Two different stories:

Nicholas Varney started travelling the world as a child and has continued his journeys throughout his educational and professional life. From the schools of New York, Newport and Florida, to discovering the beauty of the Caribbean, the museums and antique stores of London, fishing in Ireland, backpacking on his bicycle across Russia and Europe.

Unlike Nicholas Varney, Henri Laurens was not a bred-in-the-bone traveler, and was in his fifties before he visited even the seashore for the first time.

The contemporary jeweler and educated gemologist, Nicolas Varney, has been drawing since childhood. Shells and bark, coral and other curious natural objects, diamonds and colored gems, rare natural freshwater Mississippi, Colorado clam, abalone and conch pearls of all colors, shapes and sizes, precious beads and gold: today his emotionally charged designs come to life in sophisticated and whimsical jewels. Never building an idea for a future piece around any specific stone, first he creates the design in drawings and then seeks the perfect materials to fulfil it, using nature and juxtapositions as the main source of inspiration and driving force for his singular creations.

Multitalented sculptor Henri Laurens often found additional outlets for creativity: collages, posters, book illustrations. He even participated in the most unusual, multidisciplinary project, working with a group of artists on Sergei Diaghilev’s ballet “Le Train Bleu”: the scenario was written by Jean Cocteau, Laurens created the set, Darius Milhaud wrote the music, Coco Chanel designed the costumes, and Pablo Picasso supplied a painting for the curtain.

Laurens’ feminine and moody sculpture “Seated Woman”, which I have paired with Nicholas Varney’s warm-colored earrings in peach garnet, diamond and agate, was created at a time when Laurens had started moving away from Cubism towards more classical shapes, graceful curves and volume. This has been perceived by art historians as a longing for stability after the damage done by World War I, and in opposition to the supposedly effete and overly sophisticated present.

The round shape of Nicholas Varney’s earrings softly merges with the feminine curves of the textured sculpture. The tranquility and undisguised nude womanliness of the crouching clay figure, the circular shapes and curves of her body, come into perfect balance with the delicate garnet and diamond circles, offset by a few bold strokes of agate. A gentle ode to Woman as the focal point of the circle of life.

Two different artists. Two different artistic disciplines. One – universal – beauty.

THE JEWELRY ICON

A STORY WORTH TELLING: JOSEPHINE AND NAPOLEON IN CHAUMET’S EXHIBITION AT 12 VENDÔME

THEIR ROYAL FAVOR TOWARDS MAISON CHAUMET LINKED THE IMPERIAL JEWELER TO THEIR (EXTRA)ORDINARY LOVE STORY, AND TO THE HISTORY OF FRANCE

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The eagerly-awaited spring in Paris is about to witness an extraordinary event: not only the return of warmth and sun to the city of romance, but also an exceptional exhibition: “Joséphine et Napoléon, une histoire (extra)ordinaire”, an ode to the passionate and tender, turbulent and deep, fleeting and profound royal love and life of these two magnificent historical figures, and an inspired way to commemorate the bicentennial of Napoleon’s death.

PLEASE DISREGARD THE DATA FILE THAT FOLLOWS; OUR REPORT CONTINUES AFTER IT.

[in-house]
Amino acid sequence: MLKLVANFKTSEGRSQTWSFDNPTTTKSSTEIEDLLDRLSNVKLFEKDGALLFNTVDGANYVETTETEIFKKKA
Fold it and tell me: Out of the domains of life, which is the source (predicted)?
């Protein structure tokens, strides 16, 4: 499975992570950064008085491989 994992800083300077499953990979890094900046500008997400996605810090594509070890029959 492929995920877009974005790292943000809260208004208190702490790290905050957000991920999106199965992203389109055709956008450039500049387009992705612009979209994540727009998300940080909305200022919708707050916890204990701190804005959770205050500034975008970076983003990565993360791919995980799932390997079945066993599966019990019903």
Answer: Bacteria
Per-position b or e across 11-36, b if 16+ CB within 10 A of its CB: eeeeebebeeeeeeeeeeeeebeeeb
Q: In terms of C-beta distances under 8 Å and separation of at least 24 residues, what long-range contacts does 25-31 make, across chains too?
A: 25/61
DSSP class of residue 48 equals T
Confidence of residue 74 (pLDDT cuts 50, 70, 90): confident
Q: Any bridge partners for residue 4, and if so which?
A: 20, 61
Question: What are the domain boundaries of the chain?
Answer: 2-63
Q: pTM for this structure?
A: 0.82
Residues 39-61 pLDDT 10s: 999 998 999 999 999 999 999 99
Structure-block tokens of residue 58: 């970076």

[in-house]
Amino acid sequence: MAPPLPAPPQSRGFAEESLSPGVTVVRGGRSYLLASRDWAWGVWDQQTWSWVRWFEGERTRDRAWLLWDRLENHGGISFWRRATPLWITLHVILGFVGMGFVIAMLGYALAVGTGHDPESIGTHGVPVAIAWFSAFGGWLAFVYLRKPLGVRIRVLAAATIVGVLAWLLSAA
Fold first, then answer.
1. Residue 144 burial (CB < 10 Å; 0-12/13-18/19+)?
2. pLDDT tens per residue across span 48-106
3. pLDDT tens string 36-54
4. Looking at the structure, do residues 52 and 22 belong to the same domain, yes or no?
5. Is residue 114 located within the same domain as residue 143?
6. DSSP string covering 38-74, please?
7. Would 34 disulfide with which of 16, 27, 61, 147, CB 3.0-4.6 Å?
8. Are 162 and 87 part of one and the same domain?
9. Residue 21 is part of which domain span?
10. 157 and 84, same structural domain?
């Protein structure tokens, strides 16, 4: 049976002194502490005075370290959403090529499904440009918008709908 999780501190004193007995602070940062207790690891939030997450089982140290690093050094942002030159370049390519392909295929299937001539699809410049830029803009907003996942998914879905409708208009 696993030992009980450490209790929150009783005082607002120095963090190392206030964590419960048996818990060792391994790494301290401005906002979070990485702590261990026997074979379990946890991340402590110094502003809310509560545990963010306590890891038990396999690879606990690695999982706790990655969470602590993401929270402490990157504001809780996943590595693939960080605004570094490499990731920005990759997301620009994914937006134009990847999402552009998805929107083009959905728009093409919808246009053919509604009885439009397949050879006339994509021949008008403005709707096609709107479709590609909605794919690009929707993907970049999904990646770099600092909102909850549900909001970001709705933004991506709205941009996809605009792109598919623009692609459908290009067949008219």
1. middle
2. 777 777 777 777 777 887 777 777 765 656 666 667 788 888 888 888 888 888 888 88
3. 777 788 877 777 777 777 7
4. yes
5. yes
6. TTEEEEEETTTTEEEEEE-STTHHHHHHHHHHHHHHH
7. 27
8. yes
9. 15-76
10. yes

The path of the royal couple first crossed with François-Regnault Nitot, son of the founder of Maison Chaumet Marie-Étienne Nitot, in 1805 in Milan, where Napoleon and Josephine were preparing to be crowned King and Queen of Italy.

Josephine was astounded by Nitot’s work, and he was appointed her favored jeweler. In turn, the modern and free, elegant and strong-willed, splendid and powerful Empress, who reinvented royal style and fashion, has remained for more than two centuries Chaumet’s muse.

Tiaras, aigrettes, laurel and oak leaves – symbols of power borrowed from Antiquity, sentimental jewelry featuring colored stones spelling out the names of her children, Eugène and Hortense, gold, pearls, diamonds and colored gems, joyful and elegant, bold and innovative combinations reflect the Empress’s unique personality, femininity and tender maternal love.

Napoleon himself looked at jewelry from a highly political perspective. During the French Revolution, the French crown jewels had been destroyed. When Napoleon declared himself the Emperor, one of his aims was to return to himself and his family the sumptuous royal aura of majesty. To that end, he requested that Nitot should create a new gold coronation crown, designed in the style of the ancient crown of France – the Crown of Charlemagne – a clear demonstration of Bonaparte’s identification with Charlemagne, or Charles the Great (King of the Franks, King of the Lombards, and Emperor of the Romans) destroyed during the French Revolution, along with a new set of crown jewels.